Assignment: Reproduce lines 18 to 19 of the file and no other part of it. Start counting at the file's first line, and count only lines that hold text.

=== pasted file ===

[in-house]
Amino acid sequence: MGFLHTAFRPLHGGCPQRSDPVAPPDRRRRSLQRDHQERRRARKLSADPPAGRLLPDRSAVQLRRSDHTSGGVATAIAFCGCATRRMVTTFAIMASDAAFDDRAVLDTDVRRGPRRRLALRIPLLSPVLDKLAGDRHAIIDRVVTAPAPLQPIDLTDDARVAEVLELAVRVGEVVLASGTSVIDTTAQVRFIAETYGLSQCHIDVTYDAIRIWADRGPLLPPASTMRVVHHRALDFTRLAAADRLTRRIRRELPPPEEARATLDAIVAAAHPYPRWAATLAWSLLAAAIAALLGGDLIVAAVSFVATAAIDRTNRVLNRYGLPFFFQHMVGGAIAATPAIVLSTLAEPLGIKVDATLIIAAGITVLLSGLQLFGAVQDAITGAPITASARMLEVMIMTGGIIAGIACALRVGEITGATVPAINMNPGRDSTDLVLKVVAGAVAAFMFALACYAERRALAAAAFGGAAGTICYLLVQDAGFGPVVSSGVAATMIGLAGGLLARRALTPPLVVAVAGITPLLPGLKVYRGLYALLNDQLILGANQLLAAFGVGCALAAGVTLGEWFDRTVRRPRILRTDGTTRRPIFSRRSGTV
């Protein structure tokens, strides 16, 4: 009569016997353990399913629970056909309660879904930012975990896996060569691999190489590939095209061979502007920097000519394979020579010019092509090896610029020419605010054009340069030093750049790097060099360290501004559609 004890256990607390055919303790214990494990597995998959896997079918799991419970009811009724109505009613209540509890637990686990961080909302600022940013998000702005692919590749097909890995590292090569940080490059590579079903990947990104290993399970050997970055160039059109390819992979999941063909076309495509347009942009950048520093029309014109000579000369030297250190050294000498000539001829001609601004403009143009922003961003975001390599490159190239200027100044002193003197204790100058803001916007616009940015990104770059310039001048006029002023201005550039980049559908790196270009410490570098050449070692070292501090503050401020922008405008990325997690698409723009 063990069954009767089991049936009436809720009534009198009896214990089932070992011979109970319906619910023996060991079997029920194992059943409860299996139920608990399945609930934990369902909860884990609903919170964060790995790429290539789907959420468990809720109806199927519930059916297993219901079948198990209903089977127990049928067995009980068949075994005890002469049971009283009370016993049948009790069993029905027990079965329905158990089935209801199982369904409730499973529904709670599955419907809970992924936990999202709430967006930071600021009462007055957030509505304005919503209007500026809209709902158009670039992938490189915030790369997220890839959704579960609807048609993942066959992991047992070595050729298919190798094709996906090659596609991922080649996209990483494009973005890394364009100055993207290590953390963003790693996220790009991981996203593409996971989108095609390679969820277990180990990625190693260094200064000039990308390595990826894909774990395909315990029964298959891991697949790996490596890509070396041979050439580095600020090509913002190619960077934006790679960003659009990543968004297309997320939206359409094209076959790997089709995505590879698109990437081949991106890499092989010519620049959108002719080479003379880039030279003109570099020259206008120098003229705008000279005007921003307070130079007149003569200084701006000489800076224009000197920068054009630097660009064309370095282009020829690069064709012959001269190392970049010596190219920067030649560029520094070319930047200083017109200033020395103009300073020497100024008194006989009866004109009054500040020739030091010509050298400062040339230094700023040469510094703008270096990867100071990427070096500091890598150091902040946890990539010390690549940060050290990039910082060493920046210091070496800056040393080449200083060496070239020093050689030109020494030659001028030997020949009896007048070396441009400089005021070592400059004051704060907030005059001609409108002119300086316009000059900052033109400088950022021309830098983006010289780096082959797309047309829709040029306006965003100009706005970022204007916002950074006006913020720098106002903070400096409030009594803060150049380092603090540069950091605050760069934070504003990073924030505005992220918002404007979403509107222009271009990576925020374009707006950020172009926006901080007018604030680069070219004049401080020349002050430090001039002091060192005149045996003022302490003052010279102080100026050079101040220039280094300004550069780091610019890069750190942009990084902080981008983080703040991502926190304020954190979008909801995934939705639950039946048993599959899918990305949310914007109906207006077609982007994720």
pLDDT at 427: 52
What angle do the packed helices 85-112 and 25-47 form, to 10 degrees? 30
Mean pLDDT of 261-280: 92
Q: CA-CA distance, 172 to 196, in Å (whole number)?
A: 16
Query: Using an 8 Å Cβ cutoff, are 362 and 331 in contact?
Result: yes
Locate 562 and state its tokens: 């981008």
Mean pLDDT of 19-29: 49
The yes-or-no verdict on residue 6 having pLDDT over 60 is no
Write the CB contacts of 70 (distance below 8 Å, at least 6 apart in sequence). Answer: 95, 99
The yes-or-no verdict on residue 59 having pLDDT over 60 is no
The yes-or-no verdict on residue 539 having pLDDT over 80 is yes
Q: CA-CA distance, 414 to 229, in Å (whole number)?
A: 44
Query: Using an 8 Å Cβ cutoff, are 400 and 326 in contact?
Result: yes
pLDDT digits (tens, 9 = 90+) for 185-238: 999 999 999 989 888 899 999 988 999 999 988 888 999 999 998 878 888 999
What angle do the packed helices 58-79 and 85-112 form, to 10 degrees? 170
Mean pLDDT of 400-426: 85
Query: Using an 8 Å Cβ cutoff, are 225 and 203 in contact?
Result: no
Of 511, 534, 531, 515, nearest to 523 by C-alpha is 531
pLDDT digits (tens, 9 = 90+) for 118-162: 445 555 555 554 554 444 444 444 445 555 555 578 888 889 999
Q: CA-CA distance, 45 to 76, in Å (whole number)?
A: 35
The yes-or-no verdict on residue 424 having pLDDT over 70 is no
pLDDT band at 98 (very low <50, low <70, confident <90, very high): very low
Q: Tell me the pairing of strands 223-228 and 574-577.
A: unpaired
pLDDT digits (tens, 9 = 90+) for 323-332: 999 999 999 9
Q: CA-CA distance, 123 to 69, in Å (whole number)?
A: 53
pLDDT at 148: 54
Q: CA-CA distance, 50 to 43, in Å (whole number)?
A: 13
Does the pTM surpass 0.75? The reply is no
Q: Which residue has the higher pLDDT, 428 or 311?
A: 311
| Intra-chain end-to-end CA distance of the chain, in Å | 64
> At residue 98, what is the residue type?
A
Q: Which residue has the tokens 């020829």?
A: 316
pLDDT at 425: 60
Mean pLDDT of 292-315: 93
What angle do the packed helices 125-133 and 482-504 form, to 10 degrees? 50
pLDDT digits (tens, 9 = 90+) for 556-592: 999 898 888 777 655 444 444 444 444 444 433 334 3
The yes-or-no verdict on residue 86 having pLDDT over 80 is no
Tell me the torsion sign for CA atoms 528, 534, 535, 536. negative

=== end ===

A: 44
Query: Using an 8 Å Cβ cutoff, are 400 and 326 in contact?